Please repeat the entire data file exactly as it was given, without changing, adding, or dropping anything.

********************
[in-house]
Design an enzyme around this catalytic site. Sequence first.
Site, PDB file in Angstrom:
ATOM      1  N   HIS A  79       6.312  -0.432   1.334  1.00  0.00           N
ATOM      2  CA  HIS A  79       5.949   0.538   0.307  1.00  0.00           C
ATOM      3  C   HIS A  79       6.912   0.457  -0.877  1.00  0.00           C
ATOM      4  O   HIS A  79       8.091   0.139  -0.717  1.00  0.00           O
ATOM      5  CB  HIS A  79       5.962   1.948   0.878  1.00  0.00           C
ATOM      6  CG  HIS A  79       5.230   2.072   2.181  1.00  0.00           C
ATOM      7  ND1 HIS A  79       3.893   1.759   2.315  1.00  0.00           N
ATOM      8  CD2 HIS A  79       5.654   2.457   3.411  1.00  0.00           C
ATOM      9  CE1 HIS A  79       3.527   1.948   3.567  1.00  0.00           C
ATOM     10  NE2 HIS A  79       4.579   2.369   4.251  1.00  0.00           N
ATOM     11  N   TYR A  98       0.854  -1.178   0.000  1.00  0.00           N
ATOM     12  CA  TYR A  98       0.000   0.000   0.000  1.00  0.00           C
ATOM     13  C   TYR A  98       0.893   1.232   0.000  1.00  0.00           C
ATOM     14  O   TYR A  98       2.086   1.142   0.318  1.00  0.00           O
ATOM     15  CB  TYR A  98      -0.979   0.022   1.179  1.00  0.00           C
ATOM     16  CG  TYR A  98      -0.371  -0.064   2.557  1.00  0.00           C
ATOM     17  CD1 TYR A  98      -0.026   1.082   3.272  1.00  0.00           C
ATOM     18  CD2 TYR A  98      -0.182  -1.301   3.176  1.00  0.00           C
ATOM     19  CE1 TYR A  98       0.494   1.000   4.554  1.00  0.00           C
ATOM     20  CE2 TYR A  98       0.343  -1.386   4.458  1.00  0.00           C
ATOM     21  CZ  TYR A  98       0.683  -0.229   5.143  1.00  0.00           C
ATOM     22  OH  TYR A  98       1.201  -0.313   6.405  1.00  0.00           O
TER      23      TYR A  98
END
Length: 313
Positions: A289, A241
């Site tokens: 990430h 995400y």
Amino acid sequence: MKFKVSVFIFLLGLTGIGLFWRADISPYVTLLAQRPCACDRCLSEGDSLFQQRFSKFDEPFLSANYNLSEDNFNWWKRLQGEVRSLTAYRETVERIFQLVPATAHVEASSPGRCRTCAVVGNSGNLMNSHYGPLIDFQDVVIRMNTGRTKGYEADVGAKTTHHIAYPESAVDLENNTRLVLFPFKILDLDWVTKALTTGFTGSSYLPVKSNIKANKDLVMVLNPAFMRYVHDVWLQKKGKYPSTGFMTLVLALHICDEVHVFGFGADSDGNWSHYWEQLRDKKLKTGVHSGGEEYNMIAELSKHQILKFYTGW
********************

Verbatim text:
[in-house]
Design an enzyme around this catalytic site. Sequence first.
Site, PDB file in Angstrom:
ATOM      1  N   HIS A  79       6.312  -0.432   1.334  1.00  0.00           N
ATOM      2  CA  HIS A  79       5.949   0.538   0.307  1.00  0.00           C
ATOM      3  C   HIS A  79       6.912   0.457  -0.877  1.00  0.00           C
ATOM      4  O   HIS A  79       8.091   0.139  -0.717  1.00  0.00           O
ATOM      5  CB  HIS A  79       5.962   1.948   0.878  1.00  0.00           C
ATOM      6  CG  HIS A  79       5.230   2.072   2.181  1.00  0.00           C
ATOM      7  ND1 HIS A  79       3.893   1.759   2.315  1.00  0.00           N
ATOM      8  CD2 HIS A  79       5.654   2.457   3.411  1.00  0.00           C
ATOM      9  CE1 HIS A  79       3.527   1.948   3.567  1.00  0.00           C
ATOM     10  NE2 HIS A  79       4.579   2.369   4.251  1.00  0.00           N
ATOM     11  N   TYR A  98       0.854  -1.178   0.000  1.00  0.00           N
ATOM     12  CA  TYR A  98       0.000   0.000   0.000  1.00  0.00           C
ATOM     13  C   TYR A  98       0.893   1.232   0.000  1.00  0.00           C
ATOM     14  O   TYR A  98       2.086   1.142   0.318  1.00  0.00           O
ATOM     15  CB  TYR A  98      -0.979   0.022   1.179  1.00  0.00           C
ATOM     16  CG  TYR A  98      -0.371  -0.064   2.557  1.00  0.00           C
ATOM     17  CD1 TYR A  98      -0.026   1.082   3.272  1.00  0.00           C
ATOM     18  CD2 TYR A  98      -0.182  -1.301   3.176  1.00  0.00           C
ATOM     19  CE1 TYR A  98       0.494   1.000   4.554  1.00  0.00           C
ATOM     20  CE2 TYR A  98       0.343  -1.386   4.458  1.00  0.00           C
ATOM     21  CZ  TYR A  98       0.683  -0.229   5.143  1.00  0.00           C
ATOM     22  OH  TYR A  98       1.201  -0.313   6.405  1.00  0.00           O
TER      23      TYR A  98
END
Length: 313
Positions: A289, A241
């Site tokens: 990430h 995400y």
Amino acid sequence: MKFKVSVFIFLLGLTGIGLFWRADISPYVTLLAQRPCACDRCLSEGDSLFQQRFSKFDEPFLSANYNLSEDNFNWWKRLQGEVRSLTAYRETVERIFQLVPATAHVEASSPGRCRTCAVVGNSGNLMNSHYGPLIDFQDVVIRMNTGRTKGYEADVGAKTTHHIAYPESAVDLENNTRLVLFPFKILDLDWVTKALTTGFTGSSYLPVKSNIKANKDLVMVLNPAFMRYVHDVWLQKKGKYPSTGFMTLVLALHICDEVHVFGFGADSDGNWSHYWEQLRDKKLKTGVHSGGEEYNMIAELSKHQILKFYTGW